I imagine the one-year deal will be extended if successful.  Of course Land Shark might only want this year when both the Super Bowl and Pro Bowl will bring significant exposure to the South Florida venue.  But it is the fact the team is willing to do trade out on their stadium name that is truly amazing.  The team probably does not have many other suitors willing to step up, so doing this deal insures them revenue in the short-term.  While still keeping open their options for a long-term venue naming rights deal when the economy turns around.

The concerts that are part of the deal is unique, but mostly because an entertainer has never been involved in stadium naming rights.  Payments in kind have been used in many stadium deals, but they are typically only a small portion of the deal or for signage in the stadium, not the entire venue naming rights.  For example the New York Yankees agreed to a deal to include the Casio brand on the outfield wall in exchange for service.

How many other professional sports venues might look for a similar type deal?
Lots of them.  A short-term deal that gives them some cash now, but doesn’t block their ability to sign a more lucrative long-term partnership in near future is attractive to a lot of teams.  The current economy has put a freeze on naming-rights deals, which are a huge source of revenue for many teams.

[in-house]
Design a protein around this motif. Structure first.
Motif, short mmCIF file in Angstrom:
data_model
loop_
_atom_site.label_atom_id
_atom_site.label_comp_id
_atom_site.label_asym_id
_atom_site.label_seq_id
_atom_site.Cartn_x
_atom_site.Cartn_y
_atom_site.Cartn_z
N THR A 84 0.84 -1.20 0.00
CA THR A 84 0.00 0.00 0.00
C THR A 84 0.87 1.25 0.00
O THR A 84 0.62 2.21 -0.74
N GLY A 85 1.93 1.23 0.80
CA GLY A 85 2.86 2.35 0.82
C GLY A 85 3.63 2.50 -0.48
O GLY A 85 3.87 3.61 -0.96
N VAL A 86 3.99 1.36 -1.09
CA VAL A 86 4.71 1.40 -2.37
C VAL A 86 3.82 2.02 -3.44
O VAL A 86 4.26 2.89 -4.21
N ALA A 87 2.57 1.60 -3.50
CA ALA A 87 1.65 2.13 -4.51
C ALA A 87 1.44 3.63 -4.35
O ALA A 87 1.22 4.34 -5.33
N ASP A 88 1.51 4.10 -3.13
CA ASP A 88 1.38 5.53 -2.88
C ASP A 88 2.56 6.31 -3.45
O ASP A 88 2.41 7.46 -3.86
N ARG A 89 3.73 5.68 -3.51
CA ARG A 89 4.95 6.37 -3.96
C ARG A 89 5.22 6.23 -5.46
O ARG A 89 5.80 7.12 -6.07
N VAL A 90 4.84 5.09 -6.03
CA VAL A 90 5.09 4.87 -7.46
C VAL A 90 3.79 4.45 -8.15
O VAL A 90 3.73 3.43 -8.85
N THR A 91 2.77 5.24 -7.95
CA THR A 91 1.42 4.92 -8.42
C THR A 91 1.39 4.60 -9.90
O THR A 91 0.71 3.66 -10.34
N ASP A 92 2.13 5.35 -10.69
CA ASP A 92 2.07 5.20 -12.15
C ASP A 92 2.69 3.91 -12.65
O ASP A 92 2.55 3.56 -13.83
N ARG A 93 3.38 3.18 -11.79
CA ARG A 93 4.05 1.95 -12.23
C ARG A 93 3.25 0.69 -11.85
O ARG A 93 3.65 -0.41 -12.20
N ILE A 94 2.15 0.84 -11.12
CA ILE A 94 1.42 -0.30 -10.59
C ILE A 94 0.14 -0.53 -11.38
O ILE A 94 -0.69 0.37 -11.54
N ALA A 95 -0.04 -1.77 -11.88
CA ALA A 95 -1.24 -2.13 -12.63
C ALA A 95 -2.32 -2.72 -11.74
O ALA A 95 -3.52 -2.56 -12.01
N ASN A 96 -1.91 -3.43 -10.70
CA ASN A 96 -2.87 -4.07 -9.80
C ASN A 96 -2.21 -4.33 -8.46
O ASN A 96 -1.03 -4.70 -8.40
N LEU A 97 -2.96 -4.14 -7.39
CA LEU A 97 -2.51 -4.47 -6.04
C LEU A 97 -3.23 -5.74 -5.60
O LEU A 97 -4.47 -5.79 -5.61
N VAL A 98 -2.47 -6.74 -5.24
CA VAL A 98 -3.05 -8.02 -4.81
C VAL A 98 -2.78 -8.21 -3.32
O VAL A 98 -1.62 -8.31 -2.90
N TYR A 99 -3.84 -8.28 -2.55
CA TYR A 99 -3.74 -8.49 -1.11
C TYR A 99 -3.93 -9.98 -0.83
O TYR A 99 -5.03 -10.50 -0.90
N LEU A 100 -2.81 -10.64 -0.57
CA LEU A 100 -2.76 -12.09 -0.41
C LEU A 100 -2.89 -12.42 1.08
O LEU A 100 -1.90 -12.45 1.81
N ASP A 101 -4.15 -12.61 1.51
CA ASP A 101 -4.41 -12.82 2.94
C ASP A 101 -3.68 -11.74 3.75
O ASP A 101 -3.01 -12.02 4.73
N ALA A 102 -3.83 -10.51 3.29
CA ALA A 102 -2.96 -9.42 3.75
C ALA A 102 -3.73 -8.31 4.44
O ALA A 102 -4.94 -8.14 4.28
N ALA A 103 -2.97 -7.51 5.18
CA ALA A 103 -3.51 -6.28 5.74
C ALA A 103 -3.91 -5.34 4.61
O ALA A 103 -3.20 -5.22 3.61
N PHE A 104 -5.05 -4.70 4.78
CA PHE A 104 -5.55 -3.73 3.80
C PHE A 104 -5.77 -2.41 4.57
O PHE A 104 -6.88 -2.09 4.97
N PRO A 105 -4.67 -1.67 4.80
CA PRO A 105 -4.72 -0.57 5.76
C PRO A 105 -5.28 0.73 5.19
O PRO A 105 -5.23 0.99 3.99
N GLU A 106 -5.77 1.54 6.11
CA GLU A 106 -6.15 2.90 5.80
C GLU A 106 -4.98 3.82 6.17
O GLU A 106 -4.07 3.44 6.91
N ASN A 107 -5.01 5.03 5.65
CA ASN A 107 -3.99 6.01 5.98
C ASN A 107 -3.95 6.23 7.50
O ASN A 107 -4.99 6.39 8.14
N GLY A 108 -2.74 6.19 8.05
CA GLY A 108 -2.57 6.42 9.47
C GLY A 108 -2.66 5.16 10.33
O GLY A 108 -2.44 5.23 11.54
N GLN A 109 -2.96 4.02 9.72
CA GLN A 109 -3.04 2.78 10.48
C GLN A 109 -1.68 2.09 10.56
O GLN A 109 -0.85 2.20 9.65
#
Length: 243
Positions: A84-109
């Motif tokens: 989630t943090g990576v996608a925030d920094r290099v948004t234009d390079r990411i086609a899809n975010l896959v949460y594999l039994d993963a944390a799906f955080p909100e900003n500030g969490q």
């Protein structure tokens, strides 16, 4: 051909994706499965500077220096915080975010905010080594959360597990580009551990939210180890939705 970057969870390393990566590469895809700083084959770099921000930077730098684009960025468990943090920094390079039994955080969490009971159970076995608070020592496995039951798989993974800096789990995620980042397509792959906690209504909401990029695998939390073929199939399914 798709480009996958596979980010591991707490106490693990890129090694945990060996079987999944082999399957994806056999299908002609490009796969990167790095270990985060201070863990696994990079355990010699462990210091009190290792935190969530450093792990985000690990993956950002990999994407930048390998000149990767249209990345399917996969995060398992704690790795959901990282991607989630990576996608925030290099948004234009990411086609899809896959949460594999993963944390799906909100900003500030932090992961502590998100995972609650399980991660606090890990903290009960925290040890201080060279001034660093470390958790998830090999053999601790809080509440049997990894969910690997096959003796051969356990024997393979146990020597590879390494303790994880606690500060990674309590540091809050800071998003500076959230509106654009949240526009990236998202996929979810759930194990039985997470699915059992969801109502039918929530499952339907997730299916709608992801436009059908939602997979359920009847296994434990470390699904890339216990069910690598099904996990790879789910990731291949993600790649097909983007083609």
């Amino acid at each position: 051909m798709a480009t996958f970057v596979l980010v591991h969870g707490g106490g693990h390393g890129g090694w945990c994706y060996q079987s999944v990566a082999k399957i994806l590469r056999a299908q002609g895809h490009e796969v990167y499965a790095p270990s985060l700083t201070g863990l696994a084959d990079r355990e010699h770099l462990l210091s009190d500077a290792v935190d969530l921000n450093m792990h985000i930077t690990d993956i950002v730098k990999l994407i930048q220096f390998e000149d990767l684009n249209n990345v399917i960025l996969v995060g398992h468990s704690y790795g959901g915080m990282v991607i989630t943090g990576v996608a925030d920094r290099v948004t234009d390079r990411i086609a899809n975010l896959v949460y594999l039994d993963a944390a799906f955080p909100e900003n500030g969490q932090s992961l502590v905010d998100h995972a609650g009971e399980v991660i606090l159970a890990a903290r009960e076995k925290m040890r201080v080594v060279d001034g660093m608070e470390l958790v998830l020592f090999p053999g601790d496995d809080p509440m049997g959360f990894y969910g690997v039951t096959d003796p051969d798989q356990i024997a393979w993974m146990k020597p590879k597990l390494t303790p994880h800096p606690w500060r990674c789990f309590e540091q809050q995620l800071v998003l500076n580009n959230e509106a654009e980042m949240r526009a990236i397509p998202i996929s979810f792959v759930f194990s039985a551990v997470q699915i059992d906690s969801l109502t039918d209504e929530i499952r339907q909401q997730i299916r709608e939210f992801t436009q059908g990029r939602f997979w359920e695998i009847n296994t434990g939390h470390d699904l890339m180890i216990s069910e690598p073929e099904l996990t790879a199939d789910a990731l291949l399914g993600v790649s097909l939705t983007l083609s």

The downside of these type of short-term naming rights is over exposure.  The risk to teams is that by renting their stadium name for a year they could scare off potential long-term partners who don’t want their company name associated with a revolving door.  The home of the San Francisco Giants (AT&T Park) changed names three times in six years due to acquisitions in the telecom industry, so many fans still refer to it with the original Pac Bell Park name. Corporations could shy away from venues where they think their brand association will be hard to connect due to frequent name changes.

But for teams without stadium naming rights deals the upside of these short-term deals could be too lucrative to pass up.  I’m sure many of them will be watching closely to see how the Dolphins fare in their deal with Land Shark beer.  As I’m certainly many corporations will be eyeing the success of the deal from a brand building perspective.  That is what makes this Land Shark Lager and Miami Dolphins partnership such a historic endeavor in venue naming rights spectrum.  Success will breed a lot of imitation, failure could end it for everyone.

Posted in NFL, Stadium Signage, Venue Information, Venue Naming Rights | Tagged: , , , | Leave a Comment »

Will Citi walk on $400 million Mets deal?

Posted by ZA on February 3, 2009

Will Citigroup walk away from their 20-year, $400 million dollar to have the exclusive naming rights to the new baseball stadium of the New York Mets?

In a word, no.  There is no way that Citi could legally maneuver out of the deal unless they were able to become insolvent.  The Wall Street Journal reports that they looked into whether they could remove themselves from the deal, but I think that was just posturing to keep government regulators happy.  When Mets fans walk in for the 2009 home opener against the San Diego Padres on April 13th, they will be walking in under the Citi Field banner.

Posted in MLB, Venue Naming Rights | Leave a Comment »

Bold predictions for Sports Marketing in 2009

Posted by ZA on January 2, 2009

There were lots of changes in the sports marketing world in 2008.  So predictable, but many were one’s that no one saw coming.  With the global economy in a tailspin, cash is now king.  That means big changes are in-store for the world of sports marketing in 2009.  So what is coming in the sports marketing world for 2009.  Here are 7 bold predictions.

2009

1. Tiger Woods signs with Mercedes (or BMW)